Reply With Quote
Old 01-24-08, 02:18 PM
  #24  
dmac49
Senior Member
 
dmac49's Avatar
 
Join Date: Oct 2006
Location: Outside..somewhere
Posts: 433

Bikes: Fuji, Specialized, Cannondale, Columbia

Mentioned: 0 Post(s)
Tagged: 0 Thread(s)
Quoted: 0 Post(s)
I run 110 in Gator 28's and I'm in the same ball park as you. Maybe 235-240. Any number of things could have happened. From a bad tube to , pressure, etc etc. With one flat I would just do a good check of the rim, tape and tire. I'm not sure I'd be riding anything less than 25's though. But that's just me.
dmac49 is offline  
Reply With Quote
Old 01-26-08, 07:29 AM
  #25  
Carusoswi
Senior Member
 
Join Date: Jun 2005
Posts: 1,184
Mentioned: 0 Post(s)
Tagged: 0 Thread(s)
Quoted: 0 Post(s)
Originally Posted by Sheldon Brown View Post
I will say that it's silly for a person as heavy as you or I to be riding such super-skinny tires unless you're actually racing.
One with your credentials has earned the right to say whatever . . . but, with all due respect, I see nothing silly about the OP's use of skinny tires. Their advantages should benefit his riding as much as they would anyone else. Their disadvantages should degrade his riding no more than they would anyone else.

I'm not 250, but, I'm not my former 160, either. I ride 23's and would feel as though I was short changing my experience if I used anything wider - I love that feeling of almost skating down the road, and I like what I perceive to be a quieter, firmer ride.

Since it appears that a penetration caused this flat, there is probably little the OP could have done to prevent it.

I am not familiar with his tire brand, but, when I shop for tires, I do spend some time talking with shop owners/employees who seem knowledgeable about tire characteristics before purchasing. Most of the time their advice concerning trade-offs between performance and reliability has been accurate and most helpful . . . and I will say that an encouraging number of less knowledgeable sales help have willingly referred me to someone else in the shop who "really knows about tires."

I don't mind trying different brands/types, and the variety of choices is surprisingly wide. Do you want a light tire, the most puncture resistant tank type tire (Armadillo's that I used to run are very resistant to the sort of puncture that you experienced, but, over time, I've seen stuff get into them, cause a surface separation, and gradually that inner belt of whatever gives up and you have a chronic point of weakness . . . at which point, I buy new)?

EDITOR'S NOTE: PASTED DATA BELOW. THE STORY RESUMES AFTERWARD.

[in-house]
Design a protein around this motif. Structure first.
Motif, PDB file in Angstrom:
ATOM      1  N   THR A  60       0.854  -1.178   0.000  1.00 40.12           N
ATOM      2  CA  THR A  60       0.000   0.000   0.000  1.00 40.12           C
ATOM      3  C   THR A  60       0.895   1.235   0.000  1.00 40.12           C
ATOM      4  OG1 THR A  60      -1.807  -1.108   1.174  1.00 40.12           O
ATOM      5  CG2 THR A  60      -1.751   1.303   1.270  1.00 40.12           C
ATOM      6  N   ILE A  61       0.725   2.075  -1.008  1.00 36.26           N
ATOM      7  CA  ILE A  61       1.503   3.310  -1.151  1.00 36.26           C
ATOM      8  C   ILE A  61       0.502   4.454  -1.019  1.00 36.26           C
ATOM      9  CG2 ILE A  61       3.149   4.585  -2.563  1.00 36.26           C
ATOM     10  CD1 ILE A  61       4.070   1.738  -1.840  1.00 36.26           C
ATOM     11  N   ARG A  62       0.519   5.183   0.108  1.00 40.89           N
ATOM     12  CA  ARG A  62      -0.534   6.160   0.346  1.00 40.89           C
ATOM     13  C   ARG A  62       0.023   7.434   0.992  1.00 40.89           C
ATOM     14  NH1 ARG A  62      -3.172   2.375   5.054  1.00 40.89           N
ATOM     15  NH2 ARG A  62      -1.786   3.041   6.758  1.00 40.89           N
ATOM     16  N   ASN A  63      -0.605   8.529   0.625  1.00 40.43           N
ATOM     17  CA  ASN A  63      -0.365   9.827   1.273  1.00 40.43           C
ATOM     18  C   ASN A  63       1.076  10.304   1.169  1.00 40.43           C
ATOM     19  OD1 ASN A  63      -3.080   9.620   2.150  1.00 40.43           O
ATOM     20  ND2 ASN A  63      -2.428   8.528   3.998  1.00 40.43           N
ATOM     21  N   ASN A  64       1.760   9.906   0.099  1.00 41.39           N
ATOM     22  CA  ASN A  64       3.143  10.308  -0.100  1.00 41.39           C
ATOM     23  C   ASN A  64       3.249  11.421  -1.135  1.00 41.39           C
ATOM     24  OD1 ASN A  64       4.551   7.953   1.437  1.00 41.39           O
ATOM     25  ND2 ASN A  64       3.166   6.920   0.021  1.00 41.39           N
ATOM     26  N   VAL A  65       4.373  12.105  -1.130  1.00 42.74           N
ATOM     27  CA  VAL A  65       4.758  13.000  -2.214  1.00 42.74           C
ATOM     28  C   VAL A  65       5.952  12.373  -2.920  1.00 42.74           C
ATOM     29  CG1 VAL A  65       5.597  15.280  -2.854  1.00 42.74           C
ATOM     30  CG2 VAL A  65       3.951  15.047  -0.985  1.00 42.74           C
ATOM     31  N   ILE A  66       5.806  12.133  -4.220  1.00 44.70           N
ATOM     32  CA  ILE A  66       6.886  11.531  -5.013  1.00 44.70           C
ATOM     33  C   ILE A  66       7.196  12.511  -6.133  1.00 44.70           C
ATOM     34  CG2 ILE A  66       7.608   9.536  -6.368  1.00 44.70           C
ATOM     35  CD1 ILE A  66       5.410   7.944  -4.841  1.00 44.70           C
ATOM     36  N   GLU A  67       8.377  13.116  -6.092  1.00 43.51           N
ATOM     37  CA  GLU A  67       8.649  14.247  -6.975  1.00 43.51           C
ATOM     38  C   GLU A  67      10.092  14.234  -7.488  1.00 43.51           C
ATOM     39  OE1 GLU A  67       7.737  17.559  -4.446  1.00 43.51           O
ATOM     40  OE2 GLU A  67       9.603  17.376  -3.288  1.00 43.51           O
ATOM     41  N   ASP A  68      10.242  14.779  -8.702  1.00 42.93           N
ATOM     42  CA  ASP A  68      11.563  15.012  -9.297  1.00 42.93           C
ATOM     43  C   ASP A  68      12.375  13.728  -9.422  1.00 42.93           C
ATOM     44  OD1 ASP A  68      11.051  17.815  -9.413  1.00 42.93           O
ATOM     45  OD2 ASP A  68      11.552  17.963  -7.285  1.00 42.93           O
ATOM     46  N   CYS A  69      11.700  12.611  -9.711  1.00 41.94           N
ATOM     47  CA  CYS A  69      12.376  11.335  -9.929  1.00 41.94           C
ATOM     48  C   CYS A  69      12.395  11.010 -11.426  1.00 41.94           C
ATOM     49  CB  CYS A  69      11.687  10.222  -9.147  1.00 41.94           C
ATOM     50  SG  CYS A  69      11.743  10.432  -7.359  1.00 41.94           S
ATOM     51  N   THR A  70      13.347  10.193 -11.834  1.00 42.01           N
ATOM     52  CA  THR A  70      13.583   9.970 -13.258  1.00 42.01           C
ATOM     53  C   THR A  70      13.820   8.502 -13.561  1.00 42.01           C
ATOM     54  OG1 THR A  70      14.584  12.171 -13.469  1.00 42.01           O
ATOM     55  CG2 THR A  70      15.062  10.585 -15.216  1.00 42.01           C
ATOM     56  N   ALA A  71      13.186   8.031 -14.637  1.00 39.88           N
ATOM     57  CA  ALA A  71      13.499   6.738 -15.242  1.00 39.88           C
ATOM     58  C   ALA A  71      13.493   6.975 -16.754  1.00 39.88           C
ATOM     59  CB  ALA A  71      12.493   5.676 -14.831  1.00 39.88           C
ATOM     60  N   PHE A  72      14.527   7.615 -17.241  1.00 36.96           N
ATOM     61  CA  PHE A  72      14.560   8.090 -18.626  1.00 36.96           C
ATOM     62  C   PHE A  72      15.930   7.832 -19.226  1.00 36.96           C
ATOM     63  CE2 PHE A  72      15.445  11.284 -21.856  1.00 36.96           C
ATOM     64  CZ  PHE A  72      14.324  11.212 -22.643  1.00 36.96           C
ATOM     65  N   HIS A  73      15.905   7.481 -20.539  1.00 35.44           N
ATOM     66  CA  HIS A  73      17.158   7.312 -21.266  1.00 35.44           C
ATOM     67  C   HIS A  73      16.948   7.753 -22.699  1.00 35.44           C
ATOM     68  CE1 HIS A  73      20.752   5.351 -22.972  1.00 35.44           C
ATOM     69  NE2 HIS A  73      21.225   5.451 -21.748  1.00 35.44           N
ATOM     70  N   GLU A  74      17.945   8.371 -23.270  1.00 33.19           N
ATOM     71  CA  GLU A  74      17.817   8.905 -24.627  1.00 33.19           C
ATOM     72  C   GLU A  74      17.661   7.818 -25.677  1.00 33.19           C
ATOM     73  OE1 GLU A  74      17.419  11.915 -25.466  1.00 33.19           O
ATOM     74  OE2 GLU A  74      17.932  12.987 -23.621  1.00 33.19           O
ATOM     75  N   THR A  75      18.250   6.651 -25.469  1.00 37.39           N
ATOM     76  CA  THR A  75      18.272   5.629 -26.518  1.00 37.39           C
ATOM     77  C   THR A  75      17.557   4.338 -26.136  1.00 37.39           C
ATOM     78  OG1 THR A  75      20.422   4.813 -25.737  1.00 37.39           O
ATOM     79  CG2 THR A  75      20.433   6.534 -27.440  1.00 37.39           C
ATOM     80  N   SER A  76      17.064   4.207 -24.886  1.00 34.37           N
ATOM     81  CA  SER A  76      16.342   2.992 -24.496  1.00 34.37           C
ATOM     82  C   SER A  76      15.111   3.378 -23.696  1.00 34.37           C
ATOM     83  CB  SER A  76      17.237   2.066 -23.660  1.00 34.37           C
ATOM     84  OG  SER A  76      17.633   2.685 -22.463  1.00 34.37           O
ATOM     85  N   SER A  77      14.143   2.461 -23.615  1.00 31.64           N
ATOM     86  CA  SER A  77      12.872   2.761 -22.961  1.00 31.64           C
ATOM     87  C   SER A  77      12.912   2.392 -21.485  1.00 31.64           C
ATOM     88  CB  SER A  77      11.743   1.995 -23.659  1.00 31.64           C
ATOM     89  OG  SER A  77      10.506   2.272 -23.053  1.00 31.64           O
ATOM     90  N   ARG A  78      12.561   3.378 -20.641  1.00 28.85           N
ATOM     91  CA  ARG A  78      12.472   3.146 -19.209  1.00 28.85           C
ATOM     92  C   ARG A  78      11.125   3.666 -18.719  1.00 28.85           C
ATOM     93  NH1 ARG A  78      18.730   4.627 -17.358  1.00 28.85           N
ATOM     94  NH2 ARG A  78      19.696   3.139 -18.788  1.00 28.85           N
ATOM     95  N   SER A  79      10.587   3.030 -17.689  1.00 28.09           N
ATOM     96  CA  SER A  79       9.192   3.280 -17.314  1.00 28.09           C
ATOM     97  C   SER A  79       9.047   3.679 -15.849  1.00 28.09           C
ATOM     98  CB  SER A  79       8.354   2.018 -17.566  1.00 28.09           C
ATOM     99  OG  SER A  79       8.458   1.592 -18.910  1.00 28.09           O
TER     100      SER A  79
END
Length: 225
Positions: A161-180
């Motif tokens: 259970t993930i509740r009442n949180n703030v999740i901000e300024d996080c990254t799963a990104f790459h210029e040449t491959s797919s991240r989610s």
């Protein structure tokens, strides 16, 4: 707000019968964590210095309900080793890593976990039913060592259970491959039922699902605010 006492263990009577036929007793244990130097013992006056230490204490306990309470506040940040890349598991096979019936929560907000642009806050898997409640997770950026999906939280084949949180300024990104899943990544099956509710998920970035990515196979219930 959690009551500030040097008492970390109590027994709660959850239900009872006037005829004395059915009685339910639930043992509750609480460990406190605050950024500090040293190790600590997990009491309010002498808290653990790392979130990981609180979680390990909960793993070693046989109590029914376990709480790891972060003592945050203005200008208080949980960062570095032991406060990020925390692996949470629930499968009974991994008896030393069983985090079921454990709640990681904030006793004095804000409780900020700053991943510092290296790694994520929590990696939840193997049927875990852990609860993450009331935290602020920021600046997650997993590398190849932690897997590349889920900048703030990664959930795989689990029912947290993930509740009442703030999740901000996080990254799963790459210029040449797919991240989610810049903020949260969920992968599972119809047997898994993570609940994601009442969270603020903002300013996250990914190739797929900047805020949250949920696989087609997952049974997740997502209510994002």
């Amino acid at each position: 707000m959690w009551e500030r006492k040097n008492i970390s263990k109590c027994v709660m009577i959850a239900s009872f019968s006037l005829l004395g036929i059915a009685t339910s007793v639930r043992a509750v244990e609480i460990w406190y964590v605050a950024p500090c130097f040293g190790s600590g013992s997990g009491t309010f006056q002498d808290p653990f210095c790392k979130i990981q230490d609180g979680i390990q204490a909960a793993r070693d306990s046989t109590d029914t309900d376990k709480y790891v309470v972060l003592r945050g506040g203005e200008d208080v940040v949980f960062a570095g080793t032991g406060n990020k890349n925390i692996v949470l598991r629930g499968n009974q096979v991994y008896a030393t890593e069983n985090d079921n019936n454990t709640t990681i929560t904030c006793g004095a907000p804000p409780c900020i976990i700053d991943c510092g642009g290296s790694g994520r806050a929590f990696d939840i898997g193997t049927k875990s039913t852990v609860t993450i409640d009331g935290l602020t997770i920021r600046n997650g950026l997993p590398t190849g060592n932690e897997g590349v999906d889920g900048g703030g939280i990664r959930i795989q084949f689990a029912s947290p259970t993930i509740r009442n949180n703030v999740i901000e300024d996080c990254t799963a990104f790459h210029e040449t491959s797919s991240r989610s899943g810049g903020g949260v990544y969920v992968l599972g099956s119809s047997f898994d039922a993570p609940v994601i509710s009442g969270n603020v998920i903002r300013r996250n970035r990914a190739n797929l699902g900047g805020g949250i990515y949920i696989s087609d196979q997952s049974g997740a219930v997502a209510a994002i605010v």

Armadillos (and similar . . . I use that brand name rather generically, they may make a full line of tires including light weight, less puncture resistant tires . . . I don't know) are heavy tires. You should experience fewer flats - you may or may not notice the heaviness.

I ran some really lightweight Schwalbes (don't recall the quality name) that felt really neat until I realized that I could hardly go anywhere without having a flat along the way. That started to get really old for me, so I moved to a tire that the shop called a training tire . . . in their words, not a boat anchor, but much less likely to flat under normal road conditions.

As others have said, it depends where you ride. You can try to be careful, but, if like me, you like to get out and ride long distances on the road, exploring new territory and such, it's pretty hard to be careful because there are other issues of care that are far more important.

I like to ride a stretch of road between Stockton, NJ and Frenchtown, NJ, along the Delaware River . . . the road is a wide two-laner with shoulders on each side nearly as wide as the traffic lanes. The surface is in like new condition, but you can see the sun glistening off all the teeny little pieces of glass along the way.

They seem so small and consistently strewn that I wonder sometimes if they aren't part of the road surface, itself. Invariably, when I ride that road (and I ride it often), I can count on the surface of my tires to get chewed up a bit. I could count on my Schwalbes to allow a glass puncture somewhere along the way.

Since moving to my present tire, Michelin Pro Race "Service Course" (whatever that means), I, personally, have not experienced a single flat in the last 3500 miles of riding. I am certain part of that is just luck, but it looks as though this tire is a good compromise for me, and, not being a racer, although I feel good on super light tires, I don't really benefit from them.

Going so long without a flat has been a pleasant experience for me.

Last week, as I was leaving for my normal Saturday ride, I foolishly left my saddle bag in the garage and locked myself out of the house - no keys, no tools, no phone. In the past, I would have gone to the nearest public sanctuary (library, etc.) to hang out and stay warm for the day until the Mrs. was back to open up the domicile. Last week, with confidence (or fool heartiness) I proceed on my 80-mile jaunt with relatively little worry about flatting.

Fortunately, I was right about not flatting, and riding without three pounds of pump, tubes, (dang, what else must I have in there that makes that bag so heavy?) was refreshing. Riding with no plastic or cash was not so much fun, as I had no food or liquid along. I was not feeling so well when I got back after five hours in the saddle . . . sacked out on the couch not to be heard from again until Sunday morning.

For me, the OP's pressure is on the low side - whether or not that contributes to his flats, I cannot say. I pump my tires to 140 psi regularly which I know is higher than most. But I like that firm ride and the psychological lift it gives me ("knowing" in my mind how much more freely my bike will roll down the road, LOL).

My high pressure probably eliminates pinch flats - doubt if it is helpful for other types. Do what works for you, and may the road rise up to greet you through many a happy ride.

Caruso
Carusoswi is offline  
Reply With Quote

Posting Rules
You may not post new threads
You may not post replies
You may not post attachments
You may not edit your posts

BB code is On
Smilies are On
[IMG] code is On
HTML code is Off


Thread Tools
Search this Thread

Contact Us Archive Advertising Cookie Policy Privacy Statement Terms of Service